The UN is about 300 yards away from the tip of Roosevelt Island. (WNYC/Fred Mogul)

JB: I don't think that a large formal memorial is an appropriate use for the space. I just think that it's a beautiful area, and a passive park, something without major structures in it is much more what's needed at this time.

FM: The Trust for Public Land, a non-profit conservancy and consultant, was commissioned to design a park. Planners surveyed Roosevelt Island residents last fall, and showed them three different proposals for the site. The Kahn one was not popular, and is not incorporated into a preliminary plan for the park. Robin Lynn organizes architectural tours for the Municipal Art Society, and is a long-time resident of the island. She loves Louis Kahn’s work . She's made pilgrimages to see his buildings and saw what turned out to be his last public speech. But her loyalty is divided .

RL: It is about a community that's grown up in the thirty years since Kahn designed it, which should have a say in what happens down there. I know how I enjoy the space, and I feel a bit like a philistine and a bit torn, because I admire Kahn’s work so much. So I’m sortof of both minds.

FM: Resident M.E. Freeman has lived on the island for more than a quarter-century. She thinks her neighbors don’t understand that the 3-acre memorial space would be just a small part of the 13-acres that make up South Point. People would still get the neighborhood park they want, she says, but they should reach out to the broader community, not just focus on their own needs.

MF: I think that's being a little bit selfish. We have wonderful space on the island that is woefully under-utilized. We're part of the river. We’re part of the city, and I think that it's a wonderful opportunity for other people in the city to come and enjoy it, to use our tram and to see our island.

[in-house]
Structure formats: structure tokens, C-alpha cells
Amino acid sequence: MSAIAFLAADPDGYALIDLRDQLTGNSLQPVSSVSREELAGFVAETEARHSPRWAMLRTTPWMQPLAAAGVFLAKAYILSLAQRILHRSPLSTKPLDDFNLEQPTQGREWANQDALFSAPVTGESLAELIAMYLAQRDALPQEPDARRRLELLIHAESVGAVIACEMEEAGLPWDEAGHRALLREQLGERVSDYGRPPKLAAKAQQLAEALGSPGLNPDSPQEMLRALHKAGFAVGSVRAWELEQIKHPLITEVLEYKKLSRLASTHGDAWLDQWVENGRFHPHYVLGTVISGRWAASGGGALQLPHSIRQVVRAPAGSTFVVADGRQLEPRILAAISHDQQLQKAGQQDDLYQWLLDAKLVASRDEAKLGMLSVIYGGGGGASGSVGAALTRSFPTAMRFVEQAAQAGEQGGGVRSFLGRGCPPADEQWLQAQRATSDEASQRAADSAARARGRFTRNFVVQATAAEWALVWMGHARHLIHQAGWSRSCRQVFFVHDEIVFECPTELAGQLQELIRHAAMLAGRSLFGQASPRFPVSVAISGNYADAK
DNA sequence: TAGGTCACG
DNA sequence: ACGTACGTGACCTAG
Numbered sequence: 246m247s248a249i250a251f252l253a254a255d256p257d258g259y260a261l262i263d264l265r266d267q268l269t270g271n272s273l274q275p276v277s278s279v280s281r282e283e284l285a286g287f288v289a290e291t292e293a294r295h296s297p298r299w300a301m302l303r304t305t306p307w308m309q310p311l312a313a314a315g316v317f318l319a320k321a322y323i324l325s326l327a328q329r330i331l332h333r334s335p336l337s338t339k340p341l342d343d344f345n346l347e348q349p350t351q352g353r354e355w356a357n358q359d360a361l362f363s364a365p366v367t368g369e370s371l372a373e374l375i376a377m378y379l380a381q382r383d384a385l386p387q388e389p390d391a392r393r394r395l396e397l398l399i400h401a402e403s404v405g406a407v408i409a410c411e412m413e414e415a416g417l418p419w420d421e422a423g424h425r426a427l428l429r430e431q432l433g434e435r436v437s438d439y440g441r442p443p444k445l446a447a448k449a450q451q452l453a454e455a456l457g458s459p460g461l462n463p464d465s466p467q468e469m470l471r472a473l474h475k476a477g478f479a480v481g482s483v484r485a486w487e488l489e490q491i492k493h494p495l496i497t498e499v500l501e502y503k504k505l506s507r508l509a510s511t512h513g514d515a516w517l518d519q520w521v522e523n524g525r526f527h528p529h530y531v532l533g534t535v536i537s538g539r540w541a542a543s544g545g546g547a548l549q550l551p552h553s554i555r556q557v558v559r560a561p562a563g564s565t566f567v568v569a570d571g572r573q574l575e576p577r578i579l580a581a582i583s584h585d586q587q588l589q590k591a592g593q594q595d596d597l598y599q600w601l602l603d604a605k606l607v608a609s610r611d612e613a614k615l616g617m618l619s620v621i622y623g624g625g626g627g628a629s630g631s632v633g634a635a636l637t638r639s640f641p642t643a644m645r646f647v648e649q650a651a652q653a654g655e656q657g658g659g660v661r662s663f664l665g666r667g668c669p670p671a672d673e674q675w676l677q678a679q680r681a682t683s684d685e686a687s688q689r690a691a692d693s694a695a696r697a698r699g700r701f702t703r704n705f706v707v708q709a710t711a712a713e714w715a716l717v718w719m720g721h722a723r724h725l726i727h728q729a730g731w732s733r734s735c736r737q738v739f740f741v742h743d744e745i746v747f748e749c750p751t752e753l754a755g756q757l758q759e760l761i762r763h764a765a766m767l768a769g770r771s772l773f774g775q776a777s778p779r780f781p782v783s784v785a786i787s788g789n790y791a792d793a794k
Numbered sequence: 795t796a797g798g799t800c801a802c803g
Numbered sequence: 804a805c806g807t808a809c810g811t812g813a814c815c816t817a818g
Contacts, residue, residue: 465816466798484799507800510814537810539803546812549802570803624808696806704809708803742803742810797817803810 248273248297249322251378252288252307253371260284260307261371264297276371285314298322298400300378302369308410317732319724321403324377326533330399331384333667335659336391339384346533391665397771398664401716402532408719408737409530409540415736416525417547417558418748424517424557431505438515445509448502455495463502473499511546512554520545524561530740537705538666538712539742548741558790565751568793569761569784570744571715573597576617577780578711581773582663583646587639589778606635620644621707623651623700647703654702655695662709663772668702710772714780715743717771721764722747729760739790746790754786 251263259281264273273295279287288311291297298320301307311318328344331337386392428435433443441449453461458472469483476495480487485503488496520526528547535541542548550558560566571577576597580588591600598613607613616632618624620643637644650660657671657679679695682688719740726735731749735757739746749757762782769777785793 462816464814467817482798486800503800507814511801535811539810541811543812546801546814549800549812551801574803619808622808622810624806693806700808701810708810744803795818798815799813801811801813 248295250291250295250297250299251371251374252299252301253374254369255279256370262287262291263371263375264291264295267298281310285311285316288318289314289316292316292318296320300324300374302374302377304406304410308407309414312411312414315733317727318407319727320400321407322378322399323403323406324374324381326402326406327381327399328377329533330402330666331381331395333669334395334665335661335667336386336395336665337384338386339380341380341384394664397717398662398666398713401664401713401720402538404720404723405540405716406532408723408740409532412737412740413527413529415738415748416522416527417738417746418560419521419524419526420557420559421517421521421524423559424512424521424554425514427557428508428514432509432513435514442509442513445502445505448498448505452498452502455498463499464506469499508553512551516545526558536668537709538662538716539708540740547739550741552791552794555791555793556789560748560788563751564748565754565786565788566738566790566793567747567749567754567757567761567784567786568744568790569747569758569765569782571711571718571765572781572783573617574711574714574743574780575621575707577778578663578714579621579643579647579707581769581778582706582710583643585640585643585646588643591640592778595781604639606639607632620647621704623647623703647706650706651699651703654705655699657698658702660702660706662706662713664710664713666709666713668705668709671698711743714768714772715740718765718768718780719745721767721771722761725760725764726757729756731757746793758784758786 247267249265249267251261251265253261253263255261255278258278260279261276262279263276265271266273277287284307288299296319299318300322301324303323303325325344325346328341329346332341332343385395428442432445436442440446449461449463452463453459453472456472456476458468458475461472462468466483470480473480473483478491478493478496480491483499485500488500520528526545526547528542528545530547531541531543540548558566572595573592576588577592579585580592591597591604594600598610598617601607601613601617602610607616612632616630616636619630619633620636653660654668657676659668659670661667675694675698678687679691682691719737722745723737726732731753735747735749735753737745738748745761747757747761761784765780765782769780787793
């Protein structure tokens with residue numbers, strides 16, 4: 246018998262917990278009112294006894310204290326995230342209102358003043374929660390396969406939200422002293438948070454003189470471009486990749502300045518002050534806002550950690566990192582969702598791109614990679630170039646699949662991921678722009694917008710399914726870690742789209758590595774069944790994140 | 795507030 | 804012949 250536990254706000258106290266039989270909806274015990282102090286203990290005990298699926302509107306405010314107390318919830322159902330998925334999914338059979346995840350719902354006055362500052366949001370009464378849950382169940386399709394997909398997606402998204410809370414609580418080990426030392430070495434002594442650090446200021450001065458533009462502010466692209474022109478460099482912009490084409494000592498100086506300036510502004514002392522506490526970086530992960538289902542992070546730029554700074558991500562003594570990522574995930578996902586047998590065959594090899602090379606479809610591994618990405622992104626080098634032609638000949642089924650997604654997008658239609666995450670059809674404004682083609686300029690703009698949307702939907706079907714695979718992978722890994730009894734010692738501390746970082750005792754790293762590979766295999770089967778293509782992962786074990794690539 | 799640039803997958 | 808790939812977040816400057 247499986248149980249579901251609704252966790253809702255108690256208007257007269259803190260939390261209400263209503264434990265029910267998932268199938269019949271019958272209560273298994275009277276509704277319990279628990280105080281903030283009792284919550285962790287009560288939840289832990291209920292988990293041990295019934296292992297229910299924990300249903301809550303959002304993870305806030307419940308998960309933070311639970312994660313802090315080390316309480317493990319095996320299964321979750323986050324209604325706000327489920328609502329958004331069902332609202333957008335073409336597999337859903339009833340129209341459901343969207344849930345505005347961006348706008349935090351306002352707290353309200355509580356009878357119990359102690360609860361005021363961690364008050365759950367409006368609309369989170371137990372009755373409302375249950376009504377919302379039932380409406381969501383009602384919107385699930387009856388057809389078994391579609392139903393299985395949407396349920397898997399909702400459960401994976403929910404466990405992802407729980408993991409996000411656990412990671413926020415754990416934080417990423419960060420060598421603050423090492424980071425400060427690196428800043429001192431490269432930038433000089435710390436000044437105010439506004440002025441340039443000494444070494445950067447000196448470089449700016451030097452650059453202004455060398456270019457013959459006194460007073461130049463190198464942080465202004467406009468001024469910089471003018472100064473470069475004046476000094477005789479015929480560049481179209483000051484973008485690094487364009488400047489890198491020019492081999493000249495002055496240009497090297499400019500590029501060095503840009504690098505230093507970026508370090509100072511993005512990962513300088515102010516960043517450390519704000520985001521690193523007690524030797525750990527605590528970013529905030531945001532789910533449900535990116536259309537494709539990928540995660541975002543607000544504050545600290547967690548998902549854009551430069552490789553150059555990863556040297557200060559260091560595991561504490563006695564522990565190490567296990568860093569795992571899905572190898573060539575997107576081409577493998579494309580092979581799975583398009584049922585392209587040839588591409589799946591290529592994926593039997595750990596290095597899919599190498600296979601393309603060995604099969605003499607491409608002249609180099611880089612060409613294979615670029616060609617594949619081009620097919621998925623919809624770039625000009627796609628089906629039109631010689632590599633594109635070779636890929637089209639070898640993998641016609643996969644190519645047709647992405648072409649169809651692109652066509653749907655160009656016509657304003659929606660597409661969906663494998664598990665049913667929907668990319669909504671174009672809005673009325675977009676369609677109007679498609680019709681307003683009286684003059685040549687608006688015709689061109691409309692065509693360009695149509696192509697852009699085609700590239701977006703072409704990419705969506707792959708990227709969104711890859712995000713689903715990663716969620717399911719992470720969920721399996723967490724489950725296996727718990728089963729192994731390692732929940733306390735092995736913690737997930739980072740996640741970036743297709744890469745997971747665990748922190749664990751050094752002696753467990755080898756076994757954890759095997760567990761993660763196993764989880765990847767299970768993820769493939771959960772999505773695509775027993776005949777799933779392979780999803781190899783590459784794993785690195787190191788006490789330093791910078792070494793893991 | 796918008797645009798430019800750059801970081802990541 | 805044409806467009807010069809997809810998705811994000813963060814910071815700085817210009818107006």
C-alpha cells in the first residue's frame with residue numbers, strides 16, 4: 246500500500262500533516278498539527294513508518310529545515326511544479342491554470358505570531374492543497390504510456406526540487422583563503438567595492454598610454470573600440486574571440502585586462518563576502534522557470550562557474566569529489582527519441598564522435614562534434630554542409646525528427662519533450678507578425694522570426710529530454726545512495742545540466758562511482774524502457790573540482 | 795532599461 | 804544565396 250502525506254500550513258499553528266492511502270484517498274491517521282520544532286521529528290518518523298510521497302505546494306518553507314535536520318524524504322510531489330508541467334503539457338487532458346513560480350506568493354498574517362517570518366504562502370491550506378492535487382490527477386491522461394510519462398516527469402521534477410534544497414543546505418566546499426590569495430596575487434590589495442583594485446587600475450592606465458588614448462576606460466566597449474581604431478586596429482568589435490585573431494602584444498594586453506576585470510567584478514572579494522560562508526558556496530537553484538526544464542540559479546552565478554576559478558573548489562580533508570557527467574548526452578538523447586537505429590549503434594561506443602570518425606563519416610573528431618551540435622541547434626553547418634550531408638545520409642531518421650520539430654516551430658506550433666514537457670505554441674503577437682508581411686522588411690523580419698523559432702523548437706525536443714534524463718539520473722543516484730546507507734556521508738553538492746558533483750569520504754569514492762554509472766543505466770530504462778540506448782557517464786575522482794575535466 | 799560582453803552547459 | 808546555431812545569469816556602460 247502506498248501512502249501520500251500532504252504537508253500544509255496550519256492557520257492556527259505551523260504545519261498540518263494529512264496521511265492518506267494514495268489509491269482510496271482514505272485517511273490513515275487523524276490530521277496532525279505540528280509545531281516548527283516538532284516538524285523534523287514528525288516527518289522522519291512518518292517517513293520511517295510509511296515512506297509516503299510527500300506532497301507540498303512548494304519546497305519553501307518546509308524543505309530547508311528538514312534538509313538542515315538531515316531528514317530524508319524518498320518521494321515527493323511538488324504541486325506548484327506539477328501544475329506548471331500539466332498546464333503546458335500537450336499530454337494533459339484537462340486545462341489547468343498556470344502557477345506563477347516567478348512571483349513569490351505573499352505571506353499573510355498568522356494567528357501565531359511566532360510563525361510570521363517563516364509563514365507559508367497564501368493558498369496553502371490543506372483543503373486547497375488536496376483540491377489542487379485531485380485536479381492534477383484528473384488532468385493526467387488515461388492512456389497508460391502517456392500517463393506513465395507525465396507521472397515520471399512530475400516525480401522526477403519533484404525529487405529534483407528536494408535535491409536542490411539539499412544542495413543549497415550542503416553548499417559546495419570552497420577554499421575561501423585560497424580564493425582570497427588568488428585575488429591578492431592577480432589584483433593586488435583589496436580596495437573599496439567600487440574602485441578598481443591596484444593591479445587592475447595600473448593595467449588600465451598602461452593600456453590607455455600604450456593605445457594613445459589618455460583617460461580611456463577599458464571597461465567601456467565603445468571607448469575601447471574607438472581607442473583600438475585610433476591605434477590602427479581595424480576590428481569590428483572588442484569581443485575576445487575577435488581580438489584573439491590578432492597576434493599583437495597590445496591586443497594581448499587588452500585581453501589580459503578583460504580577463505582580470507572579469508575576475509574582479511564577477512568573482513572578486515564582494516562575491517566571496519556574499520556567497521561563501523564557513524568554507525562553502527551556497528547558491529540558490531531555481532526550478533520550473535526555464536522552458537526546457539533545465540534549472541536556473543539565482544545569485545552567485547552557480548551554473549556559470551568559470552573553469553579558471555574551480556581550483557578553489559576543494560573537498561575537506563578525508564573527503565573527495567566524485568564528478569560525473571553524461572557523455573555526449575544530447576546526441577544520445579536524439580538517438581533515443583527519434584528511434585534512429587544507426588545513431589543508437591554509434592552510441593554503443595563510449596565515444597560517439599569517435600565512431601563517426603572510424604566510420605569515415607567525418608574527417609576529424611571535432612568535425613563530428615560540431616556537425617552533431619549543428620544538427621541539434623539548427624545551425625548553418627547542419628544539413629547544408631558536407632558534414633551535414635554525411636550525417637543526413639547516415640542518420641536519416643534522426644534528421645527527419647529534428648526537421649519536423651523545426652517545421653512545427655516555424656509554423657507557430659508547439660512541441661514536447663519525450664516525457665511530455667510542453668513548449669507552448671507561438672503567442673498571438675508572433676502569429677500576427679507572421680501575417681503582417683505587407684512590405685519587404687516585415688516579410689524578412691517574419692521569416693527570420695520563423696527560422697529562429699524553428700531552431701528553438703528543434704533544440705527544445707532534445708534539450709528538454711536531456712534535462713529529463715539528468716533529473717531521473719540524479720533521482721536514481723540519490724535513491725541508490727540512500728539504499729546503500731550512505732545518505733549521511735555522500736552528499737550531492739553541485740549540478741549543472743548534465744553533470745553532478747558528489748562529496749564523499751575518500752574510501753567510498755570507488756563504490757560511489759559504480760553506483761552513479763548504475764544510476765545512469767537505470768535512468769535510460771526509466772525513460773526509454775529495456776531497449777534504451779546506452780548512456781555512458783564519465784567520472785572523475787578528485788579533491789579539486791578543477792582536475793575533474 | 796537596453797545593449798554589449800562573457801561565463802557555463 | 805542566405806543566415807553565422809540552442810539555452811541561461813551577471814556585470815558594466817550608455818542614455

Roosevelt Island's smallpox museum (Tien Mao/tienmao.com)

FM: A new exhibit opened this week at the Cooper Union. There are sketches, technical drawings, a model and a four-and-a-half-minute loop of a computer-animated 'walking tour.' Curator Steven Hillyer hopes Roosevelt Islanders and others will come to the exhibit and maybe even attend a special Cooper Union conference on Kahn's FDR memorial.

SH: I see this particular project as open and inviting. It is an experience of being outside in a controlled environment, but still being able to experience the open view of New York City.

FM: Kahn collapsed and died at Penn Station, on March 17, 1974. Notes and drawings for the memorial were on his sketchpad at the time. In one stream-of-consciousness scribble, Kahn mused, quote, "A work of art is the truth of a life it creates." But many people on Roosevelt Island are not sure they want art, truth and the lives of Franklin Roosevelt and Louis Kahn in their backyard. They just want to replace the weeds and mounds with a usable park and unobstructed views.

(Archival images courtesy of the Louis I. Kahn Collection, University of Pennsylvania and the Pennsylvania Historical and Museum Commission)



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Links:
» The Cooper Union for the Advancement of Science and Art
» Roosevelt Island Operating Corporation
» Franklin and Eleanor Roosevelt Institute
» History of Roosevelt Island